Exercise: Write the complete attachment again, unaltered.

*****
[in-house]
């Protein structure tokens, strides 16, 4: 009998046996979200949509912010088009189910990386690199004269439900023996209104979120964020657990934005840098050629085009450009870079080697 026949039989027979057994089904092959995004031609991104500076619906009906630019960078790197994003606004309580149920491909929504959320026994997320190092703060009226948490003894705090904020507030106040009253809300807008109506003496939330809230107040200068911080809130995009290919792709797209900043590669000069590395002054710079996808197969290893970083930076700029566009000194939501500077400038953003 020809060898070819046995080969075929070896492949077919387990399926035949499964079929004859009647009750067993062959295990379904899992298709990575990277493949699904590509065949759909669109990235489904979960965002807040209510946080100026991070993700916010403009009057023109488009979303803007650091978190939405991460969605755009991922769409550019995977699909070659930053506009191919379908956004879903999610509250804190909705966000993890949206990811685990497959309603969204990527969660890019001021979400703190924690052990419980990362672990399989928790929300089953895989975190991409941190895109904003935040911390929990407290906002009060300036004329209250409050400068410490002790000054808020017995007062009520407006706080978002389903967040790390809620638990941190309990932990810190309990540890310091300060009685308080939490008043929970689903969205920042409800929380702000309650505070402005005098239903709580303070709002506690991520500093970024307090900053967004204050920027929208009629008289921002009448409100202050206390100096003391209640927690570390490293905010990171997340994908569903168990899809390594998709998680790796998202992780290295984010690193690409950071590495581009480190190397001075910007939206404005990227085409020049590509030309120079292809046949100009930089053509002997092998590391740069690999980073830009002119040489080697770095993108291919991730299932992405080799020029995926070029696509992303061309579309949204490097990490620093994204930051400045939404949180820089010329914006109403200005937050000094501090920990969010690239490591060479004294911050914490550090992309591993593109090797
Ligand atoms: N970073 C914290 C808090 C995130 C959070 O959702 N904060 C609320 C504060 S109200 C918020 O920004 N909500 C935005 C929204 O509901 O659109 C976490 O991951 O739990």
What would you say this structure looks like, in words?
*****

[in-house]
């Protein structure tokens, strides 16, 4: 009998046996979200949509912010088009189910990386690199004269439900023996209104979120964020657990934005840098050629085009450009870079080697 026949039989027979057994089904092959995004031609991104500076619906009906630019960078790197994003606004309580149920491909929504959320026994997320190092703060009226948490003894705090904020507030106040009253809300807008109506003496939330809230107040200068911080809130995009290919792709797209900043590669000069590395002054710079996808197969290893970083930076700029566009000194939501500077400038953003 020809060898070819046995080969075929070896492949077919387990399926035949499964079929004859009647009750067993062959295990379904899992298709990575990277493949699904590509065949759909669109990235489904979960965002807040209510946080100026991070993700916010403009009057023109488009979303803007650091978190939405991460969605755009991922769409550019995977699909070659930053506009191919379908956004879903999610509250804190909705966000993890949206990811685990497959309603969204990527969660890019001021979400703190924690052990419980990362672990399989928790929300089953895989975190991409941190895109904003935040911390929990407290906002009060300036004329209250409050400068410490002790000054808020017995007062009520407006706080978002389903967040790390809620638990941190309990932990810190309990540890310091300060009685308080939490008043929970689903969205920042409800929380702000309650505070402005005098239903709580303070709002506690991520500093970024307090900053967004204050920027929208009629008289921002009448409100202050206390100096003391209640927690570390490293905010990171997340994908569903168990899809390594998709998680790796998202992780290295984010690193690409950071590495581009480190190397001075910007939206404005990227085409020049590509030309120079292809046949100009930089053509002997092998590391740069690999980073830009002119040489080697770095993108291919991730299932992405080799020029995926070029696509992303061309579309949204490097990490620093994204930051400045939404949180820089010329914006109403200005937050000094501090920990969010690239490591060479004294911050914490550090992309591993593109090797
Ligand atoms: N970073 C914290 C808090 C995130 C959070 O959702 N904060 C609320 C504060 S109200 C918020 O920004 N909500 C935005 C929204 O509901 O659109 C976490 O991951 O739990």
What would you say this structure looks like, in words?